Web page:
It was such a profound privilege to listen to the beauty of this music and feel the love and faith and hope in a future that we can all share in peace. At one point in the concert Zade shared his story of personal trauma when he was attending a cousin’s wedding in Amman last November in one of the three hotel targeted for a terrorist attack against Jordan. While Zade escaped injury himself, his friend Mustapha Akkad and Akkad’s daughter were killed in the explosion. The pain and sorrow of experiencing a terrorist attack on his home soil and the death of close friends only renewed his dedication to continue a vision of using music to unite people of all faiths and countries.
This week’s Torah portion describes the famous cloud that hung over the Tabernacle in the wilderness. It was a cloud by day and a fire by night, and as long as it hovered over the people they stayed encamped in one place. The minute it moved, they moved with it. Whether it was one day, a month or a year, it was on the signal of the cloud by day as it lifted and moved on that the people simply followed.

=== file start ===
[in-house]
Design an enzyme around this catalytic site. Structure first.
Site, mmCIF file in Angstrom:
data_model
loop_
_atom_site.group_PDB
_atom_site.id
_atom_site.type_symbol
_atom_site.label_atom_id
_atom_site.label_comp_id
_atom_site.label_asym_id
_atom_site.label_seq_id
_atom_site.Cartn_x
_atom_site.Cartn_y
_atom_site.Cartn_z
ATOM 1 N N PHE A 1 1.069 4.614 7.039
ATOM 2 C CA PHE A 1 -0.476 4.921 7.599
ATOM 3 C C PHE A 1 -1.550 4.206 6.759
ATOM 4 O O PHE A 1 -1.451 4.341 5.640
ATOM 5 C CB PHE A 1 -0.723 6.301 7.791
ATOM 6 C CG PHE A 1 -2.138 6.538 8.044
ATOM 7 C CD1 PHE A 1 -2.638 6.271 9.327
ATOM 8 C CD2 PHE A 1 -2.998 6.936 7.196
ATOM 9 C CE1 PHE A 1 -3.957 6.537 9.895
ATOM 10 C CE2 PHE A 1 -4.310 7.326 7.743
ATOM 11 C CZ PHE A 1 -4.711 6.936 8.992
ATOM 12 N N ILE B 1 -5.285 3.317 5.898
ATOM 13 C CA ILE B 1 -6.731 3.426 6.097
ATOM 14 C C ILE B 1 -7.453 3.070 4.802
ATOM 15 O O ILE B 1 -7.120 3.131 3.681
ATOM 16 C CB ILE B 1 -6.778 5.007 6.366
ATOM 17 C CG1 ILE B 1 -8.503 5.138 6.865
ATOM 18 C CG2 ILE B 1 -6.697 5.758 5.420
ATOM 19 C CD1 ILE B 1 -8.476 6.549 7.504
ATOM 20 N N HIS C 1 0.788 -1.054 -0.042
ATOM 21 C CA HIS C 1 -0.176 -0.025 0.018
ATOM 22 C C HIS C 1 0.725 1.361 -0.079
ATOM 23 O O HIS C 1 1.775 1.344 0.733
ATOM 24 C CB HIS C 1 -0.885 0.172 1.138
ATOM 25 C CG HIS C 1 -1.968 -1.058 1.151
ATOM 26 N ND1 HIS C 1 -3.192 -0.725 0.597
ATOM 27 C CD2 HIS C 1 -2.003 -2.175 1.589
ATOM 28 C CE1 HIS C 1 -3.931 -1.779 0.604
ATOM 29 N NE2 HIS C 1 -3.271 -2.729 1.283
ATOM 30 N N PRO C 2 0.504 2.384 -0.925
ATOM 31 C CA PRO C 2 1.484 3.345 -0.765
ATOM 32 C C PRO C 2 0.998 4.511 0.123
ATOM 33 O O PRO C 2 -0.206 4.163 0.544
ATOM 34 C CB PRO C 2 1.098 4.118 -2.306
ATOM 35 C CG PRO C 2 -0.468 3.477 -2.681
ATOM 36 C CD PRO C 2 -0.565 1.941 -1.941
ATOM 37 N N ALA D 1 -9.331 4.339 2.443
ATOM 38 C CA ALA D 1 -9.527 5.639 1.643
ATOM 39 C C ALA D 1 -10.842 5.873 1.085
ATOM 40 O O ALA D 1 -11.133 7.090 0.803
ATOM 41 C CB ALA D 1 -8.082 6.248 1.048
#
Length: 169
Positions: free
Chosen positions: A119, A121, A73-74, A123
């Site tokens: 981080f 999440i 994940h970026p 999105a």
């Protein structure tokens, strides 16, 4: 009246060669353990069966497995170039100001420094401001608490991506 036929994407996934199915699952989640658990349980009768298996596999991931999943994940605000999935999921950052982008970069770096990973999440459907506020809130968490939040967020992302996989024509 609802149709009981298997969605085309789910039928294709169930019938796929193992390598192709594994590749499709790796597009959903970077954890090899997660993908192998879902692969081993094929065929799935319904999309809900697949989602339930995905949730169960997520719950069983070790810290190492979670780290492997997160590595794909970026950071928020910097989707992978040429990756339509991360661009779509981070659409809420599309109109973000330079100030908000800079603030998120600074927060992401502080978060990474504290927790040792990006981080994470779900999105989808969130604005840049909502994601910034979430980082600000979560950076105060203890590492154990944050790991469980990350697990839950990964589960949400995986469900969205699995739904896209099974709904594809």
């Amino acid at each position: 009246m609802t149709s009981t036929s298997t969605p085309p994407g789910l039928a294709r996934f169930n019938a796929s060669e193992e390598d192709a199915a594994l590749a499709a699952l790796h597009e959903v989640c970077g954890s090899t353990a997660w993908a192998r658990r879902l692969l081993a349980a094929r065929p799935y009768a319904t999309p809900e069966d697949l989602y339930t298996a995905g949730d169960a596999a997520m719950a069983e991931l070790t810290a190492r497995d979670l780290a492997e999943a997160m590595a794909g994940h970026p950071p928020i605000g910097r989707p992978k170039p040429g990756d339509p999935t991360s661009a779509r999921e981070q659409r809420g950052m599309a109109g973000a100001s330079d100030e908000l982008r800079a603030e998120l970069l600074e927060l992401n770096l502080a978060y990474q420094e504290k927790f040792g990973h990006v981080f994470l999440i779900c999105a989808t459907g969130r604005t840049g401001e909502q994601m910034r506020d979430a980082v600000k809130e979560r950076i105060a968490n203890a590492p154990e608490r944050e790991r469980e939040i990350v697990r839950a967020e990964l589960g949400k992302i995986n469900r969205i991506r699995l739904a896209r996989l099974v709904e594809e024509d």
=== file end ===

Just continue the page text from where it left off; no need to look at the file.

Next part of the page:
The cloud was as divine sign of the fact that even in the midst of the wilderness where no end was in sight to their wanderings and every day they experienced the insecurity of an uncertain future God was always present. All they had to do was look up and the cloud or the fire would be there. Most of us no longer see the cloud by day or the fire by night and must look elsewhere for signs that God is still with us even in the midst of our own insecurities and wanderings.
That’s why the Roads to You concert was such a miracle. It was a vision so touching, so moving that in the midst of a particularly beautiful musical moment Didi turned to me and whispered, “Someone should nominate Zade for the Nobel Peace prize.” He is that remarkable. It was that inspirational. The music and smiles and talent and shared energy of this unusually gifted diverse cultural group of musicians lit up the night with a flaming inner light that could only have been God’s fire by night” appearing once again. Indeed miracles come not to demonstrate what is impossible, but to show us what is possible right now.